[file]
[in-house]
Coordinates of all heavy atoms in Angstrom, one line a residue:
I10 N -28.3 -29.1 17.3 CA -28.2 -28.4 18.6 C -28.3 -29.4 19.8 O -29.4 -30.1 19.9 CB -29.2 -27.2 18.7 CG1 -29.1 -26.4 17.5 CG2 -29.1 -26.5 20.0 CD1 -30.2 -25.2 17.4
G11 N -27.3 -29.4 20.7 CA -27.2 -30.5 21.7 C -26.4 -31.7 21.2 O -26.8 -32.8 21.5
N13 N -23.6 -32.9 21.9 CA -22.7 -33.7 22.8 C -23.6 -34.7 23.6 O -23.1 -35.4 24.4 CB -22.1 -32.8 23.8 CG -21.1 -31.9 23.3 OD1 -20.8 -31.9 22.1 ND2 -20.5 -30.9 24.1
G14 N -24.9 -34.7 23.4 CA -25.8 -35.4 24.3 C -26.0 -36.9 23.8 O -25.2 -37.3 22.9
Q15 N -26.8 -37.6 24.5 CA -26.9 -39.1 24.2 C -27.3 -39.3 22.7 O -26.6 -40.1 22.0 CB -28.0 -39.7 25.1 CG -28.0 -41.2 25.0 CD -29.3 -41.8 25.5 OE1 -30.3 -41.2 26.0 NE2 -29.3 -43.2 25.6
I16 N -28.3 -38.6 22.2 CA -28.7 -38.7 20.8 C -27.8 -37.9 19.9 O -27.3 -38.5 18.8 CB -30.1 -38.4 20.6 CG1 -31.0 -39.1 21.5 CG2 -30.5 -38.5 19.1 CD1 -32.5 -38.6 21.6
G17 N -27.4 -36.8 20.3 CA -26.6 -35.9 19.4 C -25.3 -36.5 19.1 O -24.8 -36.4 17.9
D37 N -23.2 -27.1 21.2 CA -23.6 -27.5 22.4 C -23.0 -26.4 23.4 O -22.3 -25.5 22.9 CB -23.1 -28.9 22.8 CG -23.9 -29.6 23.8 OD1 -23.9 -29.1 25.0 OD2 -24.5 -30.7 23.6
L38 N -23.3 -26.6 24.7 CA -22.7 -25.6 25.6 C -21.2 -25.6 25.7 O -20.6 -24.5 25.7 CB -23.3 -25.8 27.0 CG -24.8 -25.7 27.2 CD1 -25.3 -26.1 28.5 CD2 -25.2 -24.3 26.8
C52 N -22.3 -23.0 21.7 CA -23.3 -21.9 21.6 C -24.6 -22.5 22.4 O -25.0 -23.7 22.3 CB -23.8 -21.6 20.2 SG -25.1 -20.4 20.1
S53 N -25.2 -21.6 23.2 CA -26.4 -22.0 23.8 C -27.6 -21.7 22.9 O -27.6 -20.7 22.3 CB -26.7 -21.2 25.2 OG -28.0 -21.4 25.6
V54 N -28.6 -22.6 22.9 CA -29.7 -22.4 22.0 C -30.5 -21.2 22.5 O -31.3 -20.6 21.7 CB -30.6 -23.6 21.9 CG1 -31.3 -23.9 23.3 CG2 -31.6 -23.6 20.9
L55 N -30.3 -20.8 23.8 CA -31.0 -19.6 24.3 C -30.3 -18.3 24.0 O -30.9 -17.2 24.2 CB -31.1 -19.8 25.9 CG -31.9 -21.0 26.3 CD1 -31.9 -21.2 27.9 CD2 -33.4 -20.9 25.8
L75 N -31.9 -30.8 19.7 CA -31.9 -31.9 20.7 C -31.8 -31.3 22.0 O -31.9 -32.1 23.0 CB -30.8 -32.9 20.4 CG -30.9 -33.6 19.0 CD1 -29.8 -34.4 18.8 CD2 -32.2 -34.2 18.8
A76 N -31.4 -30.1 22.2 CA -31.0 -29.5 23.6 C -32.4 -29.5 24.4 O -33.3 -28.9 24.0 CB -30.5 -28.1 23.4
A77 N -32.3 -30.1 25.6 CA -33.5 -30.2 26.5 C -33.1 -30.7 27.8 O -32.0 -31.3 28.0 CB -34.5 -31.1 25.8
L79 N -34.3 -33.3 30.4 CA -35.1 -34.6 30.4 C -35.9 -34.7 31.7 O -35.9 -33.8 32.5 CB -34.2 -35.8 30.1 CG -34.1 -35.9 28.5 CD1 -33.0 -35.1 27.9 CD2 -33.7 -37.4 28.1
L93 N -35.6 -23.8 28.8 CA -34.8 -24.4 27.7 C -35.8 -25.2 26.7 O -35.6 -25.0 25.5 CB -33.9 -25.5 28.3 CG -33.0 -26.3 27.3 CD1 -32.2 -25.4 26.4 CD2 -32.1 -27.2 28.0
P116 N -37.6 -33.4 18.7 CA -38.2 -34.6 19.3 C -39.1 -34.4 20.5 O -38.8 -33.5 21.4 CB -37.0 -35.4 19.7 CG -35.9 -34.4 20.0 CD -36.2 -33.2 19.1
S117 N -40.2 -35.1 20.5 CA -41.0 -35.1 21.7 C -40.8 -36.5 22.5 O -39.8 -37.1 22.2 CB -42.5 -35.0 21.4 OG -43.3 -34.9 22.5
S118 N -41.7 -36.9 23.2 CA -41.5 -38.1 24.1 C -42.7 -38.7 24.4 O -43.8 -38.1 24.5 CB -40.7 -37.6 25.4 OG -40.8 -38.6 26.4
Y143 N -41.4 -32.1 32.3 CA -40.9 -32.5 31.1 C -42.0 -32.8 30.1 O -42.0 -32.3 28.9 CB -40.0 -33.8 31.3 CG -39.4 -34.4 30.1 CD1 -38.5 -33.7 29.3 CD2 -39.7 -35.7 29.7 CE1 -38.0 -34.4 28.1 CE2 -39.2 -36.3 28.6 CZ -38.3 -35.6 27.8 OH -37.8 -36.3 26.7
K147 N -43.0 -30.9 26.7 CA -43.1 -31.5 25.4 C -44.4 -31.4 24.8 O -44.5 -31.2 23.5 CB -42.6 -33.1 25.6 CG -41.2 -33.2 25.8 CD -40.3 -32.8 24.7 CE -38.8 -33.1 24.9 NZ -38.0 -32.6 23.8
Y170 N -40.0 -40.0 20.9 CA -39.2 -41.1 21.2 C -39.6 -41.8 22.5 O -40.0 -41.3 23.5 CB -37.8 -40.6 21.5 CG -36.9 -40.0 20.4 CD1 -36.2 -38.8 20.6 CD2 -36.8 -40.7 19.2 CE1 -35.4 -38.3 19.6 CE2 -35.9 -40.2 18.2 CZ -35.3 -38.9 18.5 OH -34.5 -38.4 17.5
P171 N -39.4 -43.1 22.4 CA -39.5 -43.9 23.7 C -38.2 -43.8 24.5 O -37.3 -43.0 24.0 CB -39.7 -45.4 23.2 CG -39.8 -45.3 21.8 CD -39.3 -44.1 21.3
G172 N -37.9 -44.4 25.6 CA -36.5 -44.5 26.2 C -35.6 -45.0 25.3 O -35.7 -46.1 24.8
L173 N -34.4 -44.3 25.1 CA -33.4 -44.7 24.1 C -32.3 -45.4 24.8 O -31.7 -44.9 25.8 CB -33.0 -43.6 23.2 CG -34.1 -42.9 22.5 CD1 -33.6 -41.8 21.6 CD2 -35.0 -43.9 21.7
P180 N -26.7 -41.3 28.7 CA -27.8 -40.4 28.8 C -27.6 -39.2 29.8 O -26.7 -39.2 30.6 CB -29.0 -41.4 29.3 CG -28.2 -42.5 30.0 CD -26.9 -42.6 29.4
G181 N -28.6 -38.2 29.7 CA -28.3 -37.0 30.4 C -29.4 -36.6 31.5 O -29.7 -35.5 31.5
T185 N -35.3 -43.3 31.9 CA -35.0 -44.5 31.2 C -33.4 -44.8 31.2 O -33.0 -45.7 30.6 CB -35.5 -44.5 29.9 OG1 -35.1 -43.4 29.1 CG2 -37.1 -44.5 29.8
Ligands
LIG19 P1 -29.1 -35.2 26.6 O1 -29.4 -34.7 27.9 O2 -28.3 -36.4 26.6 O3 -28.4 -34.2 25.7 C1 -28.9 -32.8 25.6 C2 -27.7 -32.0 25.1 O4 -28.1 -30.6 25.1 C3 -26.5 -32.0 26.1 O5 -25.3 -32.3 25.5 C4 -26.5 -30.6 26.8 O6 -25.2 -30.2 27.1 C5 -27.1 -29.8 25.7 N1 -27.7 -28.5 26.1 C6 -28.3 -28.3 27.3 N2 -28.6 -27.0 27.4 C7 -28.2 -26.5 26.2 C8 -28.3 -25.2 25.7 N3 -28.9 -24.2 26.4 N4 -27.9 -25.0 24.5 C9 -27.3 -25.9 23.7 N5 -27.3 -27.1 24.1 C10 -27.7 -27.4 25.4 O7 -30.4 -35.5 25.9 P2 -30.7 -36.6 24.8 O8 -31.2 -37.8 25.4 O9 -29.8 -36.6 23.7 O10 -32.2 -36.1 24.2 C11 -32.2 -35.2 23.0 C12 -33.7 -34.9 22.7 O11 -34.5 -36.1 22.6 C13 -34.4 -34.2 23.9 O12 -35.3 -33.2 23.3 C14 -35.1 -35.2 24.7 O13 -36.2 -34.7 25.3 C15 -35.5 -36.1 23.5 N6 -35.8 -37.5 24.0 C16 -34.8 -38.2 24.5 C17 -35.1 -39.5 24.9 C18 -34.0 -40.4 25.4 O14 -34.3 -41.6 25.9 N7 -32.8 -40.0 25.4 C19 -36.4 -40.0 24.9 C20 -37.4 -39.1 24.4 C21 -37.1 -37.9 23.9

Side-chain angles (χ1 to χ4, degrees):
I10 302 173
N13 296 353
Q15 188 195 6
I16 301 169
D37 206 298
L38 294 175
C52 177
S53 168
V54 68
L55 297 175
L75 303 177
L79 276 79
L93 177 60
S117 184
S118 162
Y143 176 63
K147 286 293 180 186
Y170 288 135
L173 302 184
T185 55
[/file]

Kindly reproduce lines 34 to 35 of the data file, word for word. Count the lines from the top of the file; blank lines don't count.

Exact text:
LIG19 P1 -29.1 -35.2 26.6 O1 -29.4 -34.7 27.9 O2 -28.3 -36.4 26.6 O3 -28.4 -34.2 25.7 C1 -28.9 -32.8 25.6 C2 -27.7 -32.0 25.1 O4 -28.1 -30.6 25.1 C3 -26.5 -32.0 26.1 O5 -25.3 -32.3 25.5 C4 -26.5 -30.6 26.8 O6 -25.2 -30.2 27.1 C5 -27.1 -29.8 25.7 N1 -27.7 -28.5 26.1 C6 -28.3 -28.3 27.3 N2 -28.6 -27.0 27.4 C7 -28.2 -26.5 26.2 C8 -28.3 -25.2 25.7 N3 -28.9 -24.2 26.4 N4 -27.9 -25.0 24.5 C9 -27.3 -25.9 23.7 N5 -27.3 -27.1 24.1 C10 -27.7 -27.4 25.4 O7 -30.4 -35.5 25.9 P2 -30.7 -36.6 24.8 O8 -31.2 -37.8 25.4 O9 -29.8 -36.6 23.7 O10 -32.2 -36.1 24.2 C11 -32.2 -35.2 23.0 C12 -33.7 -34.9 22.7 O11 -34.5 -36.1 22.6 C13 -34.4 -34.2 23.9 O12 -35.3 -33.2 23.3 C14 -35.1 -35.2 24.7 O13 -36.2 -34.7 25.3 C15 -35.5 -36.1 23.5 N6 -35.8 -37.5 24.0 C16 -34.8 -38.2 24.5 C17 -35.1 -39.5 24.9 C18 -34.0 -40.4 25.4 O14 -34.3 -41.6 25.9 N7 -32.8 -40.0 25.4 C19 -36.4 -40.0 24.9 C20 -37.4 -39.1 24.4 C21 -37.1 -37.9 23.9

Side-chain angles (χ1 to χ4, degrees):